As we squeeze through the crowds that seemed to inch en mass along somewhat slippery walkways, the intense smells of seafood mixed with hawker’s cries. We’re experiencing a foodie’s travel sensory overload at its finest at one of Europe’s largest public markets.
While our fellow cruise ship passengers had boarded tour buses early that morning headed to Sicily’s Taormina and Mt. Etna, we set out on foot to another of Catania, Italy’s ‘must-see’ destinations: its famed “Pescheria,” the fish market.
We’re eager to get a taste – both figuratively and literally – of European cities so we head to the local public market at our first opportunity. The prepared food and drink sold at the markets offers a break from the good, but often predictable, cruise cuisine. We can also ease the travel budget by shopping at these markets for fruit, vegetables, cheese, and baked goods when staying in self-catering accommodations and hotel rooms.
European markets are known by many names: le marche in France, mercatos in Italy and mercados or mercat in Spain. Some are held in indoor permanent locations, others set up daily or once-a-week on the street.
Here are some of the questions people ask us most often about shopping at the markets:
How do you communicate what you want if you don’t speak the local language?
When all else fails we revert to rudimentary sign language – pointing to what we want and holding up fingers for quantities. By pinching the thumb and forefinger together for small or spreading hands apart for large amounts, then shaking or nodding the head to confirm the amount. (We are constantly surprised at how many places where English is understood or even spoken fluently.)
How do you know what to pay if you don’t understand what they’ve said?
If we aren’t sure of the price we hold out a few coins in the palm of our hand and let the vendor select what they need for payment. (The prices are so inexpensive, that we usually try to overpay and have often been given back coins. We’ve never been ripped off – generally we are amazed at how so little buys so much.)
But you can’t take the food back onto the cruise ship, can you?
No, but we can skip that Lido Deck buffet lunch on day’s we are in port and sample some local cuisine at the market. I also buy jars of honey or bags of spices at the market for souvenirs – those sealed or packaged products can be taken on the ship.
What if you are in a hotel room without a kitchen?
For our land based travel,s I pack a couple lightweight plastic plates, small pack of napkins and a few paper towels, plastic cutlery and a small paring knife (packed in the makeup bag in the checked luggage). Many European hotel rooms have small refrigerators, but even if they don’t, the ice bucket or a plastic bag filled with ice and placed in the bathroom sink keeps items, like a carton of yogurt and a basket of berries, cool until the next day’s breakfast.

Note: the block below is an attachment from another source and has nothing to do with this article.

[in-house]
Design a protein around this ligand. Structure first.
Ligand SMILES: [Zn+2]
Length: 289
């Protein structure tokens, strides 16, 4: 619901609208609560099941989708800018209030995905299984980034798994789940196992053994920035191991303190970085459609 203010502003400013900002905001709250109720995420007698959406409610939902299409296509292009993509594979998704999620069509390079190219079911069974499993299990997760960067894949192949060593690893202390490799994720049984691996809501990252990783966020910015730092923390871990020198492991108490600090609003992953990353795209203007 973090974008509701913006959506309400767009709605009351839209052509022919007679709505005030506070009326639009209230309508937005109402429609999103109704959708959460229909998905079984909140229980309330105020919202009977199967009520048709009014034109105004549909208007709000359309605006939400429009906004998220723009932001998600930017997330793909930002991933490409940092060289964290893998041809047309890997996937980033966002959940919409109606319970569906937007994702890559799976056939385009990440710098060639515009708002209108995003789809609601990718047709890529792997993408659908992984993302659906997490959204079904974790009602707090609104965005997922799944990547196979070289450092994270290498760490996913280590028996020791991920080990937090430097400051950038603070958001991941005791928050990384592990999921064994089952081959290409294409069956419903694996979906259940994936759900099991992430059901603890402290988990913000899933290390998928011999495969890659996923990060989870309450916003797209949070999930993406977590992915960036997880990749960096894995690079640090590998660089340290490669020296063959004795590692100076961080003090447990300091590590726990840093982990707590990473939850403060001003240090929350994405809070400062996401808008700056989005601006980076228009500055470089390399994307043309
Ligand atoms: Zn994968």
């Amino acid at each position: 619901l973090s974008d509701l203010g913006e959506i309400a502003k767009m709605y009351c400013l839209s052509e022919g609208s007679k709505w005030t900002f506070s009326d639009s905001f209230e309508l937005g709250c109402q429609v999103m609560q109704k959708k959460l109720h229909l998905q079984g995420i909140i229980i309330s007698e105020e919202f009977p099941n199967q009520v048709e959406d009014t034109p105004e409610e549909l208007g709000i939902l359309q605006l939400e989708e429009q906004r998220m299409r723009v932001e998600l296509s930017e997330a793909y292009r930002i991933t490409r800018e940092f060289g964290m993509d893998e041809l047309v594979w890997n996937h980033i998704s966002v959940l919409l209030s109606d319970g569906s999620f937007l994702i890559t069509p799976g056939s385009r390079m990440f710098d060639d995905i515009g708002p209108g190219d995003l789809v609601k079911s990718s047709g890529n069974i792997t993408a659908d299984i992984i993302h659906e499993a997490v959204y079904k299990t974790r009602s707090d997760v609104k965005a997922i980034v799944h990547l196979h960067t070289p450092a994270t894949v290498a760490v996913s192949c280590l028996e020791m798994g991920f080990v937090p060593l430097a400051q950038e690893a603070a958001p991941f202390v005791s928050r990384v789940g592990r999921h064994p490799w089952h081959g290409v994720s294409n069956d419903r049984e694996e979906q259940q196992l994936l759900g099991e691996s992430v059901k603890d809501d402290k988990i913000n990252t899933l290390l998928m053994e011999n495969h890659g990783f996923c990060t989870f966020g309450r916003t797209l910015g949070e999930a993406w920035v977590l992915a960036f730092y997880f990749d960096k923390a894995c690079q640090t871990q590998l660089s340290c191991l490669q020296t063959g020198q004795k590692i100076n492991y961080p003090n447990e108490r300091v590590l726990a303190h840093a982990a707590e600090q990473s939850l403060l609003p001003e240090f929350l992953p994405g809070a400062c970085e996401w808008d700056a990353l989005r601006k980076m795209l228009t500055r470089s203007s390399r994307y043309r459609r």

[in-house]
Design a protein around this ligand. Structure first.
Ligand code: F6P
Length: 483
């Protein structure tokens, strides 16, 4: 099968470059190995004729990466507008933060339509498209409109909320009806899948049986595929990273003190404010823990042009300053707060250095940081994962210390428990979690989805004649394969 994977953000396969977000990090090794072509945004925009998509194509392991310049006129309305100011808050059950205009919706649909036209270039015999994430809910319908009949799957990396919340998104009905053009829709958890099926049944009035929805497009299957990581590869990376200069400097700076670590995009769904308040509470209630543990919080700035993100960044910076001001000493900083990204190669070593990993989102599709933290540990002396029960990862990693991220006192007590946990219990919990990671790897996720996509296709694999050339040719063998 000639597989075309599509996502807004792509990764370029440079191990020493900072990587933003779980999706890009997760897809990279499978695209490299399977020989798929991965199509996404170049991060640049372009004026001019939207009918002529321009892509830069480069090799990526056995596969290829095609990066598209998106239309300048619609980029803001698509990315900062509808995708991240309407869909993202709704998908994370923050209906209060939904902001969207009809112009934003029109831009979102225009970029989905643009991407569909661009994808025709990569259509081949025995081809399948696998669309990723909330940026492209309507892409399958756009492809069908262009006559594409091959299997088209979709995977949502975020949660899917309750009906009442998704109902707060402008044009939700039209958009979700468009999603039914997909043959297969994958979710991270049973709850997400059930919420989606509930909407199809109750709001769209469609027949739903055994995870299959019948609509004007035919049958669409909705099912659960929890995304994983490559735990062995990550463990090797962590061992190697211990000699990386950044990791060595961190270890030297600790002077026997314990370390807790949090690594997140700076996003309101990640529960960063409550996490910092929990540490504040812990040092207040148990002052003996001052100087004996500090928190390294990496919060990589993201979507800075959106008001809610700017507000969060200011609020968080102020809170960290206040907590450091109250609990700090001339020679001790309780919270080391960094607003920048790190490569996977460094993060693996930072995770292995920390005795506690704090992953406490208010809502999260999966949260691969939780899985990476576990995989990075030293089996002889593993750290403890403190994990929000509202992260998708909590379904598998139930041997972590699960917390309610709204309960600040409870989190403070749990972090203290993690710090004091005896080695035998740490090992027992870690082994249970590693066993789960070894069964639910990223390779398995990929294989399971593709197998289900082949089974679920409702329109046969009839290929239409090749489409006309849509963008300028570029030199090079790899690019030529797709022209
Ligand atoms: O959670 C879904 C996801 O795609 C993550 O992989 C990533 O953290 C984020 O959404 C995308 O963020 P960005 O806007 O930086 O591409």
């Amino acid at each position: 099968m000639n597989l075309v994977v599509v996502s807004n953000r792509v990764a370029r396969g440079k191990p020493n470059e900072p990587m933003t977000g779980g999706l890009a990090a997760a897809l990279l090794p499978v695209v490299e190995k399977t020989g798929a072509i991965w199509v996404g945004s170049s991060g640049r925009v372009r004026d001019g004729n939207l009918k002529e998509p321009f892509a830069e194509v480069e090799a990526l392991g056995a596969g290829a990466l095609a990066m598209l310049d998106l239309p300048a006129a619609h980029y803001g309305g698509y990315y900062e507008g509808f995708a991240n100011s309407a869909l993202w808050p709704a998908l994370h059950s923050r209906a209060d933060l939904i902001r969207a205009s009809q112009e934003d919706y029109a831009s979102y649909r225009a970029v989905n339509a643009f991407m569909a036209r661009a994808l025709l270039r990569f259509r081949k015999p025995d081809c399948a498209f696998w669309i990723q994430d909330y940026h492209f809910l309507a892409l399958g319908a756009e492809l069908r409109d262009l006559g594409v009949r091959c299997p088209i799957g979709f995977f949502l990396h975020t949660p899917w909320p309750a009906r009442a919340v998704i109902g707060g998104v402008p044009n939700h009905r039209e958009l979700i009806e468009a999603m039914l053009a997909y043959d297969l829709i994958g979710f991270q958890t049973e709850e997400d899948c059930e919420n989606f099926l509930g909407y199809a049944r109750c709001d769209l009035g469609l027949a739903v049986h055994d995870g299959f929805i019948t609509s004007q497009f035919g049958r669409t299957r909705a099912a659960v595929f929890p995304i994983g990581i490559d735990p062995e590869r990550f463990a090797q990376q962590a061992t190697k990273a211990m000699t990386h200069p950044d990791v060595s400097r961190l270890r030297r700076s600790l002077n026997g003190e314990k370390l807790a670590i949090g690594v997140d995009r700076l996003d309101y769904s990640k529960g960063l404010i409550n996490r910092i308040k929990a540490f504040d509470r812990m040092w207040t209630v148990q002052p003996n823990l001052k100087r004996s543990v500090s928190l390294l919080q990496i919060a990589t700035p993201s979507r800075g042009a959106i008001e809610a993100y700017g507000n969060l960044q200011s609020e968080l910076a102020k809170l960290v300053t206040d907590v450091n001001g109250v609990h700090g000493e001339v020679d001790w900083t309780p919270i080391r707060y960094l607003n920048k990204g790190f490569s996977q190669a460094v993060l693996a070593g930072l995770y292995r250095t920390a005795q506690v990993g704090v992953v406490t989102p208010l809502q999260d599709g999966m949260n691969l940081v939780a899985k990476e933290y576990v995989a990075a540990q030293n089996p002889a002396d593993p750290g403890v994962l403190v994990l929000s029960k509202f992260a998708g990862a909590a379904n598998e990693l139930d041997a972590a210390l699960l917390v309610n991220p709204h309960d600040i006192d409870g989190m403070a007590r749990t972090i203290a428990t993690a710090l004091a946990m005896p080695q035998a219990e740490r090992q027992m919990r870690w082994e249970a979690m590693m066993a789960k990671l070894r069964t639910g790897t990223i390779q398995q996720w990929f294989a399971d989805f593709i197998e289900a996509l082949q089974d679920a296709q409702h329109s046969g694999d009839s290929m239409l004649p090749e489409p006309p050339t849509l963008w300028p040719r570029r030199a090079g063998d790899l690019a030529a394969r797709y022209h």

How do you find the markets?
We research them before we leave home using traditional print travel guide books and through internet searches.
The Best European Food Markets
What are your favorite markets?
Those that we think should not be missed include:
Italy: Catania, Sicily’s expansive Pescheria, just below the Piazza del Duomo, Monday – Saturday, mornings only. After winding through the endless displays of fish, head to the adjacent fruit, vegetable and meat market. Wear comfortable walking shoes as the market is spread out over several city blocks.
France: In Paris, head to the Marche Poncelet, 9 Rue Poncelet, daily except Mondays. An easy walk from the Arc de Triomphe. Or, in the 7th Arrondisment, visit the Rue Cler, where the shops open out onto the pedestrian-only street. Closes at noon on Sunday, reopens Tuesday.
Spain: Barcelona’s Mercat de Boqueria, on the famed Rambla at 85-86. This fabulous foodie’s hangout dates back to 1217 (the present day market was built in 1814). Closed on Sundays. Or take a bit of a stroll from there to Mercat Santa Caterina at Francesc Cambo 16, in the Ribera District.
Greece: Nafplio, Peloponnese, the market is held every Wednesday and Saturday morning at 25 Maritou. The vendors line a route several blocks long. Tip: try some of the wine being sold for 2-euros for a liter-sized bottle. It is some of the best wine we’ve had. In Crete, we look forward to Elounda’s street market that sets up near the church in the center of town early every Friday morning and finishes by early afternoon.
Croatia: Split’s Green Market (Pazar) is an enormous maze of vendors not far from the harbor and the bus station. The market runs from 6:30 a.m. until evening. Dubrovnik’s Old Town hosts a market in its Gundulic Square near the Rector’s Palace and Cathedral – you can’t miss its colorful umbrellas. – Story and Photos by Jackie Smith, RFT ContributorJoel and Jackie Smith